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Glossary of terms

community board

A group of people which advocates and represents a community in its dealings with a district or city council. It has powers and functions delegated to it by the council. It has input into some council decisions.
Community boards are a link between the council and the community. Community boards can be established at any time but may only be abolished as part of a council’s regular representation review carried out before local authority elections.
More than 100 community boards operate in urban and rural areas of territorial authorities. They were created by the local government reforms in 1989. A community board cannot levy rates, make bylaws, buy property, borrow money, sell assets or hire or fire staff. A community board can make recommendations and submissions on issues such as speed limits and other traffic and roading issues in its area; it can oversee community halls and reserves and sports grounds; and help co-ordinate civil defence preparation.
A community board has between four and 12 members. It must have at least four elected members and other members may be appointed. A community board must have a majority of elected members.


An area within a city council or district council where a community board has responsibility. It must be a continuous area with a population of at least 1500 people.


The geographic area over which a district council or city council has authority.

draft reorganisation proposal

A scheme issued by the Local Government Commission (or an appointed local authority or a joint committee of affected local authorities) that sets out the details of a proposal for changing the structure of local government. It can be changed before a final proposal is issued.


A person entitled under law to vote at an election or poll.

local boards

A local board has a co-governance role with mayor and councillors at a territorial authority. They are responsible for non-regulatory matters, i.e. they cannot set rates or issue resource consents and building consents.
Local boards administer a budget for their area. They oversee public assets such as libraries, parks, halls and other facilities. They develop and propose bylaws and a triennial plan for their area.
The Remuneration Authority estimates that elected board members need to make a 24-hour per week commitment and the Board Chair needs to work full-time.
Local boards currently exist only at Auckland Council. A law change in 2014 enabled the Commission to establish this governance structure more widely in other areas.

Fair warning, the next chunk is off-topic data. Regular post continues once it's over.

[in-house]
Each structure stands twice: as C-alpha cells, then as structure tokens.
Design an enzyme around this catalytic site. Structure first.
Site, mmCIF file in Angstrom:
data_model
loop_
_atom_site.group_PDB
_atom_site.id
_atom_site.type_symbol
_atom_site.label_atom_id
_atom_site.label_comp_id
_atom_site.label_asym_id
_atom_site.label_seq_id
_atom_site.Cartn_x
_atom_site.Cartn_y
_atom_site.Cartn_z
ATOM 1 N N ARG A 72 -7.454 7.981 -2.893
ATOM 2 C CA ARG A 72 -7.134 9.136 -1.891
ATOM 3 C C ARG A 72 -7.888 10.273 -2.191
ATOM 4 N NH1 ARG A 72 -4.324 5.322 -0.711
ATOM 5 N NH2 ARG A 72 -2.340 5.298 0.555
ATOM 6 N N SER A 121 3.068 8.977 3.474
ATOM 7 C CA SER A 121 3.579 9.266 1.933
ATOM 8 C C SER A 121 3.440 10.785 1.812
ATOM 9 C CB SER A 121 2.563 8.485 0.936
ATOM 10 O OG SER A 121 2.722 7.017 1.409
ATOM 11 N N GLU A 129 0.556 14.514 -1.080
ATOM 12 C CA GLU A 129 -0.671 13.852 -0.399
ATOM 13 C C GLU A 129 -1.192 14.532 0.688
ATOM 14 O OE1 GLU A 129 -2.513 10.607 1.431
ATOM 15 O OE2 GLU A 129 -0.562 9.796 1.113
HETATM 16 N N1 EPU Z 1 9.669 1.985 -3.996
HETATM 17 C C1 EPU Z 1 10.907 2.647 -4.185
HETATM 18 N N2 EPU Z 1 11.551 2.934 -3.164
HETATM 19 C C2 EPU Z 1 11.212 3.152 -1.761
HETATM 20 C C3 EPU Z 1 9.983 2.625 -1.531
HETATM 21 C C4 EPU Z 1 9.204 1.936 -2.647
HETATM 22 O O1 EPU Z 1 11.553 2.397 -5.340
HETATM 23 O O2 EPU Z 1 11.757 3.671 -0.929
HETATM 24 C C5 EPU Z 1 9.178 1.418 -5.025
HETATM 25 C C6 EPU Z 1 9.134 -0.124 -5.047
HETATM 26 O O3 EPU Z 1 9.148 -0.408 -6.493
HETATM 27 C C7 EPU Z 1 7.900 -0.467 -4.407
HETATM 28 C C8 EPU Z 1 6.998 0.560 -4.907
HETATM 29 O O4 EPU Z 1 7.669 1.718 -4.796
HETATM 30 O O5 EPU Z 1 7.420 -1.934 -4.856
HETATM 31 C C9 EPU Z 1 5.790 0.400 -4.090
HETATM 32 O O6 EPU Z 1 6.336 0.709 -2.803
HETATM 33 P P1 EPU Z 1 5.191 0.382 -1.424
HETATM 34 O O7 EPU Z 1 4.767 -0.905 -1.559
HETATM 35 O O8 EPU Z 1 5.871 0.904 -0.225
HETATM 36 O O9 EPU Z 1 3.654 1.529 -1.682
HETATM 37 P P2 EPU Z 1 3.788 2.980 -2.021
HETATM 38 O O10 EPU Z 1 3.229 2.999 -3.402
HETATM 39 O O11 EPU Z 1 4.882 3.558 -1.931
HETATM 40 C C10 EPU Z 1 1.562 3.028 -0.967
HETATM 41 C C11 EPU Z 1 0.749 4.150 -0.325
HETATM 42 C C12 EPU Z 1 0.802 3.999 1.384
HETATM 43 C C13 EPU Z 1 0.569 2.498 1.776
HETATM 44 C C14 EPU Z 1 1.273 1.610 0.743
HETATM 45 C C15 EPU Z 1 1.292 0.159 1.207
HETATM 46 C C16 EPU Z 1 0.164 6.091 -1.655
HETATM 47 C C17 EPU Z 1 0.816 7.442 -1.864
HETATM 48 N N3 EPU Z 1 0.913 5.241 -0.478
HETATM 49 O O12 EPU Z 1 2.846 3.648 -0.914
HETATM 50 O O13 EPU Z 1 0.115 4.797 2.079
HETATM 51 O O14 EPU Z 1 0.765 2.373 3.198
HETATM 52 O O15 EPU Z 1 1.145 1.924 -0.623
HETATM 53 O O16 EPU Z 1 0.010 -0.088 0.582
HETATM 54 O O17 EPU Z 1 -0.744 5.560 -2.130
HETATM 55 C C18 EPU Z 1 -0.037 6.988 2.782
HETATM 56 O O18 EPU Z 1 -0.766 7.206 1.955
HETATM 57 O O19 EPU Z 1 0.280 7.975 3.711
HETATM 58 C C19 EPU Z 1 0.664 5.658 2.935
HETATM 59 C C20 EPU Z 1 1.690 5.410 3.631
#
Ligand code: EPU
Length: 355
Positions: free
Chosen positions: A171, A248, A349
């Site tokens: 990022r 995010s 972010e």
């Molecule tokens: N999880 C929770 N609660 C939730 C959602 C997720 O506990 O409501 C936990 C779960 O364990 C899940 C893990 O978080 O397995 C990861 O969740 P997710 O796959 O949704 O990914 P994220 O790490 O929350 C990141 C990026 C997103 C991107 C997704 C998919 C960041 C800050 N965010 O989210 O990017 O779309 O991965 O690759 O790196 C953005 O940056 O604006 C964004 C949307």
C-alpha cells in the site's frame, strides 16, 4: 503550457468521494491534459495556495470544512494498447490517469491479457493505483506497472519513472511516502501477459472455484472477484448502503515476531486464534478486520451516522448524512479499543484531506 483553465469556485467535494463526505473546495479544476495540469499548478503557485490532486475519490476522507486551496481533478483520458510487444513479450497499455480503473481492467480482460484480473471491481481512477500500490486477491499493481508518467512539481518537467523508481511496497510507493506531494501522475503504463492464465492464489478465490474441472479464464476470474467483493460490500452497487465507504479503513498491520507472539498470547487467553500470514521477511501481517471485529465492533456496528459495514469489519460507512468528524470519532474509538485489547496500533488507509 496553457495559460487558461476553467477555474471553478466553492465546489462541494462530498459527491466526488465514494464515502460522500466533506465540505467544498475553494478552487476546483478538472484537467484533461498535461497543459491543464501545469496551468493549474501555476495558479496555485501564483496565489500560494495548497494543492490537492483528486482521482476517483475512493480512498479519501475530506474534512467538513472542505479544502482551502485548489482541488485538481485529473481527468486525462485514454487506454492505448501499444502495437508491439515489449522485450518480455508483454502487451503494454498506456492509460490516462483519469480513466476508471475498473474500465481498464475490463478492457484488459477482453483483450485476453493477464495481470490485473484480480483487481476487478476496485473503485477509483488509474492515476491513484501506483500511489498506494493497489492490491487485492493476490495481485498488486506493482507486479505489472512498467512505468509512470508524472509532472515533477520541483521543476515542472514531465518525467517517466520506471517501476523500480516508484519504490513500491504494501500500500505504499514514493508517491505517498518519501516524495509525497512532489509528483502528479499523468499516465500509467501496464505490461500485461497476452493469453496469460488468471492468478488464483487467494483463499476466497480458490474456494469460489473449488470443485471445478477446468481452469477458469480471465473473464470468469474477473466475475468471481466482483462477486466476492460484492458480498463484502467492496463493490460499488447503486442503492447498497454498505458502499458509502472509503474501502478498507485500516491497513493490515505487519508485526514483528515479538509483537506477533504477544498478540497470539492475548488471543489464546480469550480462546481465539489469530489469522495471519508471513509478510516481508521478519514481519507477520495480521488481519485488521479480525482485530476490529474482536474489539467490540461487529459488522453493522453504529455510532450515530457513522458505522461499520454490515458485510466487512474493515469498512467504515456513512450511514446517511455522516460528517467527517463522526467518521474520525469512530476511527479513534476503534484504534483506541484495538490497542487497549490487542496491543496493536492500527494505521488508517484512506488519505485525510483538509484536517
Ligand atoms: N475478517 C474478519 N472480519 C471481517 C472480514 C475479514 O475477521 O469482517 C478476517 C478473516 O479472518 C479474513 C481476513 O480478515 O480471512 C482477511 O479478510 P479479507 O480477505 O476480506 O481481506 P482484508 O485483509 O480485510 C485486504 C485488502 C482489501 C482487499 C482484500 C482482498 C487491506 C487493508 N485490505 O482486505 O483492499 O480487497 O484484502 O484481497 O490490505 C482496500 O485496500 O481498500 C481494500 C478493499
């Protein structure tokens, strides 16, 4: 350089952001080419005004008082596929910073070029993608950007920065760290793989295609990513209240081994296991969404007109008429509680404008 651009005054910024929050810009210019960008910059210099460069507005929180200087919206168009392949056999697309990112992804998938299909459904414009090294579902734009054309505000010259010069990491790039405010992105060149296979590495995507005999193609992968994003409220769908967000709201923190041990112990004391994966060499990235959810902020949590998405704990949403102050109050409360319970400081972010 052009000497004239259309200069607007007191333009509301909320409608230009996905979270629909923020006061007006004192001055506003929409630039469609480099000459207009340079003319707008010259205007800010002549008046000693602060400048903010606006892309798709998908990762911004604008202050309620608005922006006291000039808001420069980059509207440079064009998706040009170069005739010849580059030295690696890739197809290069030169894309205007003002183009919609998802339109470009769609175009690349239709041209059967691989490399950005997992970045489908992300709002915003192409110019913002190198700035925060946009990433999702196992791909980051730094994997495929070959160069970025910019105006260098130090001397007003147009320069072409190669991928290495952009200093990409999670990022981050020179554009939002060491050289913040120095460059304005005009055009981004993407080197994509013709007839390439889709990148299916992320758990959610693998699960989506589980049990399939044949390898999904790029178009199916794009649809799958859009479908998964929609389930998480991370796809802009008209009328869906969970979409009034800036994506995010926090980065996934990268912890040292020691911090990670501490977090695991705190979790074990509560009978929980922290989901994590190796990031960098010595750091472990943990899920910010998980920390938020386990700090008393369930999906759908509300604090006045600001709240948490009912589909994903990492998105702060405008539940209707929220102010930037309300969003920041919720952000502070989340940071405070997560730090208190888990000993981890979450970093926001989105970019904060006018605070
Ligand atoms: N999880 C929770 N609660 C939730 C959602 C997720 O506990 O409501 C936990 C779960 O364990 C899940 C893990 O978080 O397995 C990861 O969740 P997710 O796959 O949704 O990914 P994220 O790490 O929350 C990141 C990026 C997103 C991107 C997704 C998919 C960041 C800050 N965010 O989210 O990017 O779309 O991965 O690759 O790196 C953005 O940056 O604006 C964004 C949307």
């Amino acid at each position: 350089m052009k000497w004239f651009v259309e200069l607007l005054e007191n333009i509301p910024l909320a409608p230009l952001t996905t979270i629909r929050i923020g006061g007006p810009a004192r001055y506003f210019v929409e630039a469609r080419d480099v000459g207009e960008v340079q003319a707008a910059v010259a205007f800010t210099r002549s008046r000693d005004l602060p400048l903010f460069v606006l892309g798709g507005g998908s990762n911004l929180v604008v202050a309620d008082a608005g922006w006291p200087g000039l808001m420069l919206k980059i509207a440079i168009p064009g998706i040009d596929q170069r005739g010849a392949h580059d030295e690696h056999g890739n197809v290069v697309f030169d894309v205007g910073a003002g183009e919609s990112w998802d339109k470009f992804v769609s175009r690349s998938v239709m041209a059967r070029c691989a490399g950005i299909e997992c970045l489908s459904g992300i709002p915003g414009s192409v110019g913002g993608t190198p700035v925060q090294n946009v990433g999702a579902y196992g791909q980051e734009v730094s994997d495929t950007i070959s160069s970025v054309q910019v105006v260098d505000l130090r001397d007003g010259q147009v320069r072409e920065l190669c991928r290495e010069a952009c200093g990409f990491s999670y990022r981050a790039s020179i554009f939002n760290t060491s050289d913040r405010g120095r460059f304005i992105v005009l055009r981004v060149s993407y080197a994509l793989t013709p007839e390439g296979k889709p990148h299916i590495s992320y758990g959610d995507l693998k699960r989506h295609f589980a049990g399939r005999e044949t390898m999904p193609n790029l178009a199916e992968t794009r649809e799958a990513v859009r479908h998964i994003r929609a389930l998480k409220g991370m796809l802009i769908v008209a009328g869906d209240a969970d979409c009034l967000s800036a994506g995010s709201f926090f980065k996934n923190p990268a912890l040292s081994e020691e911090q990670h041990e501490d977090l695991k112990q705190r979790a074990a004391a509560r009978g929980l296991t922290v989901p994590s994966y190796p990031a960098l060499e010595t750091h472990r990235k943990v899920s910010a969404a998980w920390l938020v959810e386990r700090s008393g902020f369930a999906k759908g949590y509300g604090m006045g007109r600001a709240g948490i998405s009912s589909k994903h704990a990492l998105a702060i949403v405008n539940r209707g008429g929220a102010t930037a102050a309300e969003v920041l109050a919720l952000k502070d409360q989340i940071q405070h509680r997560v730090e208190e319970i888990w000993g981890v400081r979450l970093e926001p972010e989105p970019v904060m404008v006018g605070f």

Local boards cannot be abolished by the territorial authority and can only be altered by a local government reorganisation scheme, or varied by agreement between the governing body and the board.


A small area defined by Statistics New Zealand for collecting census data about the local population. Meshblocks are also used to prepare electoral rolls for local and parliamentary elections.

Order in Council

A document signed by the Governor-General on the advice of the Executive Council (Government Ministers). It can, for example, give legal authority to implement a local government reorganisation scheme. Orders in Council are published in the New Zealand Gazette

regional council

A local authority with jurisdiction over a region. Its main functions are natural resource management, land use planning and environmental matters. Its boundaries are based on water catchments, such as rivers, lakes and harbours. The seaward boundary is the twelve mile (19.3km) New Zealand territorial limit. A regional council is headed by a Chair, who is a councillor elected by fellow councillors. It can have between six and fourteen elected members.

reorganisation scheme

A scheme issued by the Local Government Commission (or an appointed local authority or joint committee of the affected local authorities) after it has considered submissions on a draft reorganisation scheme and decided to issue a final version. It takes legal effect through an Order in Council, rather than a vote by the whole Parliament.

territorial authority

A city council or district council. A territorial authority provides localised services such as drinking water, sewerage and rubbish disposal, roads, building control and public health inspections. A unitary authority has the powers of both a territorial authority and a regional council. A territorial authority is headed by a mayor, elected at large in the area. It can have between six and thirty elected members.

unitary authority

A territorial authority which also has the responsibilities, powers and duties of a regional council. It is headed by a Mayor, elected at large.